I started practicing yoga at a small, one room studio in Johnson City, New York in 2002. I was charmed by the word yoga, it contained mystery and magic and unanswered questions that beckoned my attention. I was back living with my mom undergoing treatment for Hodgkin’s Lymphoma, “The most curable kind of cancer” they said. “This will be easy” they said. They were full of shit. The cancer and chemotherapy reducing my once young and abled body to a still young but definitely not able shell of a human in record time. My life lacked movement. I desperately needed magic. Yoga called, I answered.
Central NY in November is frigid to say the least. Add in the windchill, which often takes the temperatures to well below zero degrees, and the shiny crystal baldness of my head, the weather was not my friend. The weather was not even my cousin four times removed on my father’s side. The weather could fuck off.
An all encompassing heat embraced me like a long lost lover as I entered the studio. The warm, musky air caressing and soothing my aching bones. The room smelled like labor and exertion. This was a place for the living.
I had no idea what I was in for, but I was IN. My naiveté served me well that day. I had walked into an Ashtanga Primary Series class. This was not Intro to Yoga. It was hard. My body moved in ways it had never moved before. My hamstrings lit up in Standing Forward Fold. My quads spoke in tongues in Fierce Pose. Each vertebrae of my spine sighed in Downward Facing Dog. My body began to wake. I couldn’t do the jump throughs and arm balances. I couldn’t even touch my toes, but I didn’t care. For every one thing I couldn’t do, there were ten things I could.
Cancer created conflict in my relationship to my body and my confidence. The drugs from chemotherapy were destroying all of the fast growing cells in my body, not just the malignant ones. My skin, my hair, my nails, the insides of my mouth, my insides period were under attack. Chemo is just a bigger, stronger, more bad-ass poison than cancer. I wasn’t strong, I was losing weight. I didn’t sleep well. My appetite and the nausea that followed eating varied depending on the strain of weed I was smoking. I lost faith in the physicality of my being. My teeth hurt. I was high all the time. Three days out of the week I was incapacitated from my treatment and the painkillers I needed to manage the effort it took to lay on the couch. I resented cancer. I resented my weak soft body. I resented the insomnia and pain. I resented daytime TV. I resented God.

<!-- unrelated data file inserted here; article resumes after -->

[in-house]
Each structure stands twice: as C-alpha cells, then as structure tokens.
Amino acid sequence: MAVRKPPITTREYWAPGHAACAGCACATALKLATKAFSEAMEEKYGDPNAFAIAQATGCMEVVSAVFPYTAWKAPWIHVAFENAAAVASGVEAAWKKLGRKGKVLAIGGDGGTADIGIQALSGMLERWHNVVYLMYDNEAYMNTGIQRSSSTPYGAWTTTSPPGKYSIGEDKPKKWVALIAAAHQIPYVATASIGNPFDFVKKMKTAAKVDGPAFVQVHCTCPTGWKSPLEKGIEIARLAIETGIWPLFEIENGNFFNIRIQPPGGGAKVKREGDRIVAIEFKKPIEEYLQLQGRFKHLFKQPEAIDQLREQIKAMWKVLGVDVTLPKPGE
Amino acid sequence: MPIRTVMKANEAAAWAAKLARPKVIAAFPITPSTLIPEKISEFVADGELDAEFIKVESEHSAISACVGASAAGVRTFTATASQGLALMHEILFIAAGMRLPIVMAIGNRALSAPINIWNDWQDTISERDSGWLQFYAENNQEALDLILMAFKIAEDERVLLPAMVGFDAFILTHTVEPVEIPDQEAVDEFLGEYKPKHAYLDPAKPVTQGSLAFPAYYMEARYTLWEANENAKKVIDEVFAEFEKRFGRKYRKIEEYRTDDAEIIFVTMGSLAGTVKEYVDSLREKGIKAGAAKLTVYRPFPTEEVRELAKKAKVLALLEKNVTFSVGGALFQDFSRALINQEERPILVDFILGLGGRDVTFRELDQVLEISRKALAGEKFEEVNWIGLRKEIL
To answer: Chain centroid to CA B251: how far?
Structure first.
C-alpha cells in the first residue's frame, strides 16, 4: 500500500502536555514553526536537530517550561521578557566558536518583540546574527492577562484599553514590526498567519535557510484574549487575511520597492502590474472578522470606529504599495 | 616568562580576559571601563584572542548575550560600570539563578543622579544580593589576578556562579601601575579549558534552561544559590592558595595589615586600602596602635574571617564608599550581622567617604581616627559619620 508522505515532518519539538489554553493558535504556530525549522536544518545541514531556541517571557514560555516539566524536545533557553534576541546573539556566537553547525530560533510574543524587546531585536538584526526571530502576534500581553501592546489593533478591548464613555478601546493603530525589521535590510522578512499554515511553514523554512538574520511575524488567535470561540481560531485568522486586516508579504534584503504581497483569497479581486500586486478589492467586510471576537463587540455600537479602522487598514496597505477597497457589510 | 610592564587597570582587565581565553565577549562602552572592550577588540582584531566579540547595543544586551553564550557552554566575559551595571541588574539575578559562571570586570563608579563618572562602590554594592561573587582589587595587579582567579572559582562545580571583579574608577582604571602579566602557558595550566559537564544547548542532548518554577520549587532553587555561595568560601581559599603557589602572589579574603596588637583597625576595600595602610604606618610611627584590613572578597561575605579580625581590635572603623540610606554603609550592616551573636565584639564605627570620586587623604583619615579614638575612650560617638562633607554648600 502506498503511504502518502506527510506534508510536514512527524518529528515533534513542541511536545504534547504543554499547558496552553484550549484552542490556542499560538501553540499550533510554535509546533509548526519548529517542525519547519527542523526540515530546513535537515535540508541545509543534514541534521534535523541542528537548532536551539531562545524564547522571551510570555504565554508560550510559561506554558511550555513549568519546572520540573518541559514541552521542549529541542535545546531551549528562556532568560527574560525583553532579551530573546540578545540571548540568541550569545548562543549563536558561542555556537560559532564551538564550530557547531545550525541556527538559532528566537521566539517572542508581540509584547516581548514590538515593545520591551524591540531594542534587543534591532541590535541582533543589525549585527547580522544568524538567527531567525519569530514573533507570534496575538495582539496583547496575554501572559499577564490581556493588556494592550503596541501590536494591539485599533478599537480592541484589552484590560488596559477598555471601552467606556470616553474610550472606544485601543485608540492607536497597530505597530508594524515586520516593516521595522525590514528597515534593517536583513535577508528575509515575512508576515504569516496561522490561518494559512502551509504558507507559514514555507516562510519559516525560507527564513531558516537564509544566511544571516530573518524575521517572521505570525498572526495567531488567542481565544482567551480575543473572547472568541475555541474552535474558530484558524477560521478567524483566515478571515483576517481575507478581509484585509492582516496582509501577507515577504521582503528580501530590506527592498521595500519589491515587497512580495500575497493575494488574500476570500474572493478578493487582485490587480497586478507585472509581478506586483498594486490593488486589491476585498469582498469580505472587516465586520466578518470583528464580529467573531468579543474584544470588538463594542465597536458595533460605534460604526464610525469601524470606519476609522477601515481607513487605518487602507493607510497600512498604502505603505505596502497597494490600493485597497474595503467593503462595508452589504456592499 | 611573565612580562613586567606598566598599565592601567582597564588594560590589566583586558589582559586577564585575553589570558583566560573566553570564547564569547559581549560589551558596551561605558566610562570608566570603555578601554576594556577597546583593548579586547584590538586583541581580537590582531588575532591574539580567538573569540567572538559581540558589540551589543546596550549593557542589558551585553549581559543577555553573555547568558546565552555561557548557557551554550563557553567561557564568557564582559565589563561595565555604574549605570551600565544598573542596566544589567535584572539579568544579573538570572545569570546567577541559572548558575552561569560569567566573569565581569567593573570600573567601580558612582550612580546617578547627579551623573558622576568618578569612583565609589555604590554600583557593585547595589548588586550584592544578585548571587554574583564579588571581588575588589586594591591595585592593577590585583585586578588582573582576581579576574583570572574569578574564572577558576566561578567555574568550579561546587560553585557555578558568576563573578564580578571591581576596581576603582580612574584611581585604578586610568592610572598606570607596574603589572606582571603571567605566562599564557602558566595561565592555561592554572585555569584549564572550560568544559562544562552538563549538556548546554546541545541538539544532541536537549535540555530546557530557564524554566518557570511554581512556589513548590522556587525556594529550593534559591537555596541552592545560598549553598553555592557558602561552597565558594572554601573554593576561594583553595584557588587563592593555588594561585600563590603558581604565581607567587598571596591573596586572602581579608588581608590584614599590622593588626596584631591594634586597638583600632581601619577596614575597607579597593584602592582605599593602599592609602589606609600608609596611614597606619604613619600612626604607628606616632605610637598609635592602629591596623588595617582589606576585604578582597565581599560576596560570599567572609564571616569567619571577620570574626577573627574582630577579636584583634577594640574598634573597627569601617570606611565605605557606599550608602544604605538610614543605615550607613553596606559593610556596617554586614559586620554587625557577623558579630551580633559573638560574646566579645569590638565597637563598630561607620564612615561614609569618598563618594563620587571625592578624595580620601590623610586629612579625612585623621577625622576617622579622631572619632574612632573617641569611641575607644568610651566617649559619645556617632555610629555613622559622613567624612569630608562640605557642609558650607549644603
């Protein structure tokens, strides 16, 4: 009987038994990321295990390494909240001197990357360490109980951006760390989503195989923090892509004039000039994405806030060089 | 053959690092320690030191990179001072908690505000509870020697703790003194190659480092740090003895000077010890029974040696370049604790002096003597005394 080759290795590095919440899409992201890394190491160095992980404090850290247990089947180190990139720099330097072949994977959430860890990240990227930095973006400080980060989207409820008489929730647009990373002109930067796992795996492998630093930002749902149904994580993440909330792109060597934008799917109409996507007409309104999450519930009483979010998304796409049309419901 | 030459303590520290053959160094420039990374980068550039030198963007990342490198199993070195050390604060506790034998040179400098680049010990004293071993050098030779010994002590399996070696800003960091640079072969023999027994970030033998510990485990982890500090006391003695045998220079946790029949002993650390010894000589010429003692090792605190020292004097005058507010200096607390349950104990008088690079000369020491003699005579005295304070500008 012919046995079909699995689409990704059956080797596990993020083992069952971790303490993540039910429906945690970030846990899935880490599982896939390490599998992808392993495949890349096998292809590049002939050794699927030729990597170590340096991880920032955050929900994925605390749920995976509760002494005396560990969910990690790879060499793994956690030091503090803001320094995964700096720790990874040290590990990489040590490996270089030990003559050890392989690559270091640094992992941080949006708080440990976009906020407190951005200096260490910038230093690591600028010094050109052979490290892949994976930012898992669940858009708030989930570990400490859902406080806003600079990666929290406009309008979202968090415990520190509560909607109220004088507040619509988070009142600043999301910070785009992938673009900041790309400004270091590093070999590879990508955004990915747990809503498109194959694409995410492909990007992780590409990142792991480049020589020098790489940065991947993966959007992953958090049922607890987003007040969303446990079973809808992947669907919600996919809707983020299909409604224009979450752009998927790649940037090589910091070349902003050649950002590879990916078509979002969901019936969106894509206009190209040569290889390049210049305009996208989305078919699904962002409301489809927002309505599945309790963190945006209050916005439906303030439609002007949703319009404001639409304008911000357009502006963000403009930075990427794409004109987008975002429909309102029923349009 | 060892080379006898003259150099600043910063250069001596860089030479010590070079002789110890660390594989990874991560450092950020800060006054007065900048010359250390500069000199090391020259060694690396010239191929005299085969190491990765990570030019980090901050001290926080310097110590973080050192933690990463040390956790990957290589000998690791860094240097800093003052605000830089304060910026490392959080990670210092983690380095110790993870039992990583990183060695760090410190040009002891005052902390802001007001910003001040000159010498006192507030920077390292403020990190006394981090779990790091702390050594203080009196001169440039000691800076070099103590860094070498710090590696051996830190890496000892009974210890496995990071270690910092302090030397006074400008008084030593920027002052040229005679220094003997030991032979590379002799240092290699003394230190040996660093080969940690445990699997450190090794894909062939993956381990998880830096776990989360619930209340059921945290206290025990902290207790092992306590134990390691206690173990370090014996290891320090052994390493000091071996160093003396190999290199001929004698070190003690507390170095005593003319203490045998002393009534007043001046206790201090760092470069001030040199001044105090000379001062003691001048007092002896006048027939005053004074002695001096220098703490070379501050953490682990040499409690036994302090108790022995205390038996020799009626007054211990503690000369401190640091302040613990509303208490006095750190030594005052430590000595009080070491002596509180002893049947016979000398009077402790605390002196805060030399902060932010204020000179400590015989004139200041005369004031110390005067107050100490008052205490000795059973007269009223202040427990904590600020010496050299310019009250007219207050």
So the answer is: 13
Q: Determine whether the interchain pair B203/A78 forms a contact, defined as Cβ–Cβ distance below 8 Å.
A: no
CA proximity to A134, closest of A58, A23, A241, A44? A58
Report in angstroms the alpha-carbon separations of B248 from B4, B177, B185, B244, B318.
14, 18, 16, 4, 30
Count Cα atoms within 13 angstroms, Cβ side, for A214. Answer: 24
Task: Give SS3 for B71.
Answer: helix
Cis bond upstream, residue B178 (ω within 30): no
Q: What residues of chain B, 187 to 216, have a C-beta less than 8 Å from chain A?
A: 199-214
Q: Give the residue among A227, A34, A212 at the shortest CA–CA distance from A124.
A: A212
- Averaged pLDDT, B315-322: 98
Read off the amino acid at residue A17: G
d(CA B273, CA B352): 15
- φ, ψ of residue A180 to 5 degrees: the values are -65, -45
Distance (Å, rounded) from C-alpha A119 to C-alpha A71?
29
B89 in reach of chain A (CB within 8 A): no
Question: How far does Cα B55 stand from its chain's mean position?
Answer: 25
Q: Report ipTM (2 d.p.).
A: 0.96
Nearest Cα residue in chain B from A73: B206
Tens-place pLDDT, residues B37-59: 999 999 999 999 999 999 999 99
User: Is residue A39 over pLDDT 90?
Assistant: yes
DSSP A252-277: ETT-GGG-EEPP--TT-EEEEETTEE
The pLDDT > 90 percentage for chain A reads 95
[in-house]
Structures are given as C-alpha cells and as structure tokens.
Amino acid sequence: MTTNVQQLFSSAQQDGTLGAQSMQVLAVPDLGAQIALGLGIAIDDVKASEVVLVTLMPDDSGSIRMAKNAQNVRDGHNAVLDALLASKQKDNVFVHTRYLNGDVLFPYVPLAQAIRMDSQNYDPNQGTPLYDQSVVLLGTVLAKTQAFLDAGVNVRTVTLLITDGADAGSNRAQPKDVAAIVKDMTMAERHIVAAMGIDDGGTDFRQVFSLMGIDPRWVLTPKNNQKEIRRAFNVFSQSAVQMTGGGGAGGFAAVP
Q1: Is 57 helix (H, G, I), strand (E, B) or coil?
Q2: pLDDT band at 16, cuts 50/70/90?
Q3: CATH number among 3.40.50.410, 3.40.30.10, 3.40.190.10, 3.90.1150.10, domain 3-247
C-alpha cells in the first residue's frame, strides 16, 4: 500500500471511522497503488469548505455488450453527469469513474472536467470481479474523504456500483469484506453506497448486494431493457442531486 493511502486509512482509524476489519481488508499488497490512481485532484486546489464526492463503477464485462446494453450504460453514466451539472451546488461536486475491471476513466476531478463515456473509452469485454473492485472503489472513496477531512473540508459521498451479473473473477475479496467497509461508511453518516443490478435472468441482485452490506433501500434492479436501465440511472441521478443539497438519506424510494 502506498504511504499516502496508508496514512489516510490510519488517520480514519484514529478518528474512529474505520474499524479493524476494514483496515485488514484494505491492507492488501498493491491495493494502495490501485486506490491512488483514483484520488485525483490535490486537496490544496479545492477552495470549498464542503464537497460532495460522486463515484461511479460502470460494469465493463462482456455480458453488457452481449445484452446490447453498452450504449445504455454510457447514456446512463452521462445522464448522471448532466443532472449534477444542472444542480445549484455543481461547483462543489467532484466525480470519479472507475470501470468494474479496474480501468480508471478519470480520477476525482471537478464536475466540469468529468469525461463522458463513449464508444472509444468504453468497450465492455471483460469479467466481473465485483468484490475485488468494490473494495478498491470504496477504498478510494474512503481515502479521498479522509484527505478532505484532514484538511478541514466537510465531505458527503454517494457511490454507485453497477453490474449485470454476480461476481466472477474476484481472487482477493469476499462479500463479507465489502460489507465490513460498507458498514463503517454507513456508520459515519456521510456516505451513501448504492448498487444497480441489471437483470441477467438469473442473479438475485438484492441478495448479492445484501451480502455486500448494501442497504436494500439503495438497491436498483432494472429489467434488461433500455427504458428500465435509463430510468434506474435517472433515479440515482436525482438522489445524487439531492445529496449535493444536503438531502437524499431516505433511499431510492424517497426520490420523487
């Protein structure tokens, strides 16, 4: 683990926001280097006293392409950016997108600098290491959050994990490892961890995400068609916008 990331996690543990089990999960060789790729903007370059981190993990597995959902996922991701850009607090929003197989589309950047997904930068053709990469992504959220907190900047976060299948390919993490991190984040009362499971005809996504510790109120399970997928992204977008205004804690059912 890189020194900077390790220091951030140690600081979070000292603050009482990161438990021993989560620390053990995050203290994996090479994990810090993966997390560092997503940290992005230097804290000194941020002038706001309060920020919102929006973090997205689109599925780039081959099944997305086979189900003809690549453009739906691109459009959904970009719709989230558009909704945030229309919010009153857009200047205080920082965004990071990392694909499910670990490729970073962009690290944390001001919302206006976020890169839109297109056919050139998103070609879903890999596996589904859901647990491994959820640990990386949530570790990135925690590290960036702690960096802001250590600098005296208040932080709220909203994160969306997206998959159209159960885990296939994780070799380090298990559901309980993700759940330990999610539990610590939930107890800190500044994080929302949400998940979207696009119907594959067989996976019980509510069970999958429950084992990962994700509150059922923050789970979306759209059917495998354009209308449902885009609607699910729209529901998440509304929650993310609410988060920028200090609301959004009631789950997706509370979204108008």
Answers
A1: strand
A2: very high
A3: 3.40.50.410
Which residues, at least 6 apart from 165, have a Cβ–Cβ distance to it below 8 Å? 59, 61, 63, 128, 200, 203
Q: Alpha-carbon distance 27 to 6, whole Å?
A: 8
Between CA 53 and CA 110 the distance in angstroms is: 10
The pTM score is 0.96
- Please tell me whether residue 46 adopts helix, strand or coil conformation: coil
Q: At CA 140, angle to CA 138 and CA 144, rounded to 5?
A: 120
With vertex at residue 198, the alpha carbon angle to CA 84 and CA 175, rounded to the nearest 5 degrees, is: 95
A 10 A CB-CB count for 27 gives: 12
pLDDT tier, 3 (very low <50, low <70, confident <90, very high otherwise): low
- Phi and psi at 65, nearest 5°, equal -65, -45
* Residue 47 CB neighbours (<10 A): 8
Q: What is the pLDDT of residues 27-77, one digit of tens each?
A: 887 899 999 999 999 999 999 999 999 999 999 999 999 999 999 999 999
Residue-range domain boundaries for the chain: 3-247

Yoga showed me that I was more than cancer and pain. It helped me remember that I was a human being, not defined by disease. Yoga reminded me that I could still push myself physically and challenge my body. I just had to learn new ways to do it. Ashtanga was the way. It required an intense amount of effort and will on my part and I freaking loved it.
At that point in my life, everyone treated me like I was dying. More often than not I was met with pity and sorrow. My body was ill, not my being. My friends still came over. We played Yahtzee and laughed and watched Adam Sandler movies. I took great care to match my head scarfs to my flowy skirts and dangly earrings. I worked at a cute boutique in town, selling coffee and jewelry. I had a boyfriend and was in love. I was still me. I knew I would beat cancer. I’m a fighter. And it was terrifying. And painful. And the cure was wrecking me. When people looked at my they saw what I saw when I looked in the mirror, a very sick young woman, bald head, sunken cheeks, with dark circles under her eyes. Humans are not equipped with savvy emotional intelligence when it comes to these situations. It’s a hard thing to experience and even harder to know how to respond. People don’t know how to just “be” with each others in the midst of suffering. “Grown-ups” especially feel they have to do or say something. When a look in my eyes saying “I see you, this is not easy” would suffice. I got a lot of “if anyone can kick this, it’s you” or “you’ll pull through this, you’re young.” Both sentiments meant to be encouraging or compassionate, but both making me a victim. The eyes telling the story their words could not “You poor thing.”